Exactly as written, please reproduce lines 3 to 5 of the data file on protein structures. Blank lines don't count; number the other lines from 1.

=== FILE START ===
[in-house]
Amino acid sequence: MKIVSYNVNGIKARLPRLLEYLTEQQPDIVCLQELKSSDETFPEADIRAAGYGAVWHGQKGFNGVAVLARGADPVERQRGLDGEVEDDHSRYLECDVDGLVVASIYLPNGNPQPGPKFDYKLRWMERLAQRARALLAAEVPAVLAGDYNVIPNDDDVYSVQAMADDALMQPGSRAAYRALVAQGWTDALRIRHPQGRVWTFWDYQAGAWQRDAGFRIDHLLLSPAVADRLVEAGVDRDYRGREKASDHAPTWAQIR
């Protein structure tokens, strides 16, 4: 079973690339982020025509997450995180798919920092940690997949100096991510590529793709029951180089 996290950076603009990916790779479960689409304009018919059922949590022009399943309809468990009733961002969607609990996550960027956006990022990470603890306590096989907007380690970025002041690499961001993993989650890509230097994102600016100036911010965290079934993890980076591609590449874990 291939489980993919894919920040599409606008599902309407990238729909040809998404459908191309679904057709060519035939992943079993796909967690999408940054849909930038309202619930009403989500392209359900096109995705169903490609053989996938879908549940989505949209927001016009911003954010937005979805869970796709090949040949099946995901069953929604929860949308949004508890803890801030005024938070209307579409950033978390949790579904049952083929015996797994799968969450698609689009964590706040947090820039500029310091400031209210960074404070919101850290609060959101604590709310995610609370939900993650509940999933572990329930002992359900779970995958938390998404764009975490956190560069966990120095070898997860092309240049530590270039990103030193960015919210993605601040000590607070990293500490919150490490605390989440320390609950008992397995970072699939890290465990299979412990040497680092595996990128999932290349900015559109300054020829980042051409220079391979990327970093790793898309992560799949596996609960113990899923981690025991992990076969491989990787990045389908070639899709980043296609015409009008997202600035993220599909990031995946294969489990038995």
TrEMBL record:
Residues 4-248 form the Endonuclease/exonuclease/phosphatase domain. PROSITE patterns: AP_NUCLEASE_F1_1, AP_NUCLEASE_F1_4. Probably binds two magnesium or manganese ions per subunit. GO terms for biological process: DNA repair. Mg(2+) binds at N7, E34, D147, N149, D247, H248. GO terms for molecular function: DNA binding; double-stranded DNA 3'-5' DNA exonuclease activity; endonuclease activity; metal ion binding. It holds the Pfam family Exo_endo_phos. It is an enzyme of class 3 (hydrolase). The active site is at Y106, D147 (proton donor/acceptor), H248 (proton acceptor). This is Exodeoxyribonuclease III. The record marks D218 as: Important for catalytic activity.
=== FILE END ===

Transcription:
């Protein structure tokens, strides 16, 4: 079973690339982020025509997450995180798919920092940690997949100096991510590529793709029951180089 996290950076603009990916790779479960689409304009018919059922949590022009399943309809468990009733961002969607609990996550960027956006990022990470603890306590096989907007380690970025002041690499961001993993989650890509230097994102600016100036911010965290079934993890980076591609590449874990 291939489980993919894919920040599409606008599902309407990238729909040809998404459908191309679904057709060519035939992943079993796909967690999408940054849909930038309202619930009403989500392209359900096109995705169903490609053989996938879908549940989505949209927001016009911003954010937005979805869970796709090949040949099946995901069953929604929860949308949004508890803890801030005024938070209307579409950033978390949790579904049952083929015996797994799968969450698609689009964590706040947090820039500029310091400031209210960074404070919101850290609060959101604590709310995610609370939900993650509940999933572990329930002992359900779970995958938390998404764009975490956190560069966990120095070898997860092309240049530590270039990103030193960015919210993605601040000590607070990293500490919150490490605390989440320390609950008992397995970072699939890290465990299979412990040497680092595996990128999932290349900015559109300054020829980042051409220079391979990327970093790793898309992560799949596996609960113990899923981690025991992990076969491989990787990045389908070639899709980043296609015409009008997202600035993220599909990031995946294969489990038995």
TrEMBL record:
Residues 4-248 form the Endonuclease/exonuclease/phosphatase domain. PROSITE patterns: AP_NUCLEASE_F1_1, AP_NUCLEASE_F1_4. Probably binds two magnesium or manganese ions per subunit. GO terms for biological process: DNA repair. Mg(2+) binds at N7, E34, D147, N149, D247, H248. GO terms for molecular function: DNA binding; double-stranded DNA 3'-5' DNA exonuclease activity; endonuclease activity; metal ion binding. It holds the Pfam family Exo_endo_phos. It is an enzyme of class 3 (hydrolase). The active site is at Y106, D147 (proton donor/acceptor), H248 (proton acceptor). This is Exodeoxyribonuclease III. The record marks D218 as: Important for catalytic activity.